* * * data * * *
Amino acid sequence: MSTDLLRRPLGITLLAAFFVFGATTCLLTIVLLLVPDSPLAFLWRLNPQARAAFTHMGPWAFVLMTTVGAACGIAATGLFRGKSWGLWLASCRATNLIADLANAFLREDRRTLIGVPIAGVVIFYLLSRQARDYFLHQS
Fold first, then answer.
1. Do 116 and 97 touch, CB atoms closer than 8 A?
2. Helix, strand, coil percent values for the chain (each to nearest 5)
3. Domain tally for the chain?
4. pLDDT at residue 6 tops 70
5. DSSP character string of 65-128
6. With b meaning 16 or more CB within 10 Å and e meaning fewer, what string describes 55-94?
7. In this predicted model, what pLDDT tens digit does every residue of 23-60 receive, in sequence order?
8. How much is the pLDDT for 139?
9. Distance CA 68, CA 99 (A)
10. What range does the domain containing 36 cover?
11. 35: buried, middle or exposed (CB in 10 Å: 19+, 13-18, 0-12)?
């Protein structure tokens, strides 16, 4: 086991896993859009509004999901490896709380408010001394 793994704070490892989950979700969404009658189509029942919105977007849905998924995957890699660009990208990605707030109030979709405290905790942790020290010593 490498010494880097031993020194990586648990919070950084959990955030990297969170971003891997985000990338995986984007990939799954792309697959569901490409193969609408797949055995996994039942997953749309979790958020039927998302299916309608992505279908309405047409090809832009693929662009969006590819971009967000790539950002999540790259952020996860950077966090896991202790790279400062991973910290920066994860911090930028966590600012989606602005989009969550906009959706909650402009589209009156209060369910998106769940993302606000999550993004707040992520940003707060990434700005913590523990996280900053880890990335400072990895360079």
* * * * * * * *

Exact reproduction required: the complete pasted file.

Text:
Amino acid sequence: MSTDLLRRPLGITLLAAFFVFGATTCLLTIVLLLVPDSPLAFLWRLNPQARAAFTHMGPWAFVLMTTVGAACGIAATGLFRGKSWGLWLASCRATNLIADLANAFLREDRRTLIGVPIAGVVIFYLLSRQARDYFLHQS
Fold first, then answer.
1. Do 116 and 97 touch, CB atoms closer than 8 A?
2. Helix, strand, coil percent values for the chain (each to nearest 5)
3. Domain tally for the chain?
4. pLDDT at residue 6 tops 70
5. DSSP character string of 65-128
6. With b meaning 16 or more CB within 10 Å and e meaning fewer, what string describes 55-94?
7. In this predicted model, what pLDDT tens digit does every residue of 23-60 receive, in sequence order?
8. How much is the pLDDT for 139?
9. Distance CA 68, CA 99 (A)
10. What range does the domain containing 36 cover?
11. 35: buried, middle or exposed (CB in 10 Å: 19+, 13-18, 0-12)?
């Protein structure tokens, strides 16, 4: 086991896993859009509004999901490896709380408010001394 793994704070490892989950979700969404009658189509029942919105977007849905998924995957890699660009990208990605707030109030979709405290905790942790020290010593 490498010494880097031993020194990586648990919070950084959990955030990297969170971003891997985000990338995986984007990939799954792309697959569901490409193969609408797949055995996994039942997953749309979790958020039927998302299916309608992505279908309405047409090809832009693929662009969006590819971009967000790539950002999540790259952020996860950077966090896991202790790279400062991973910290920066994860911090930028966590600012989606602005989009969550906009959706909650402009589209009156209060369910998106769940993302606000999550993004707040992520940003707060990434700005913590523990996280900053880890990335400072990895360079």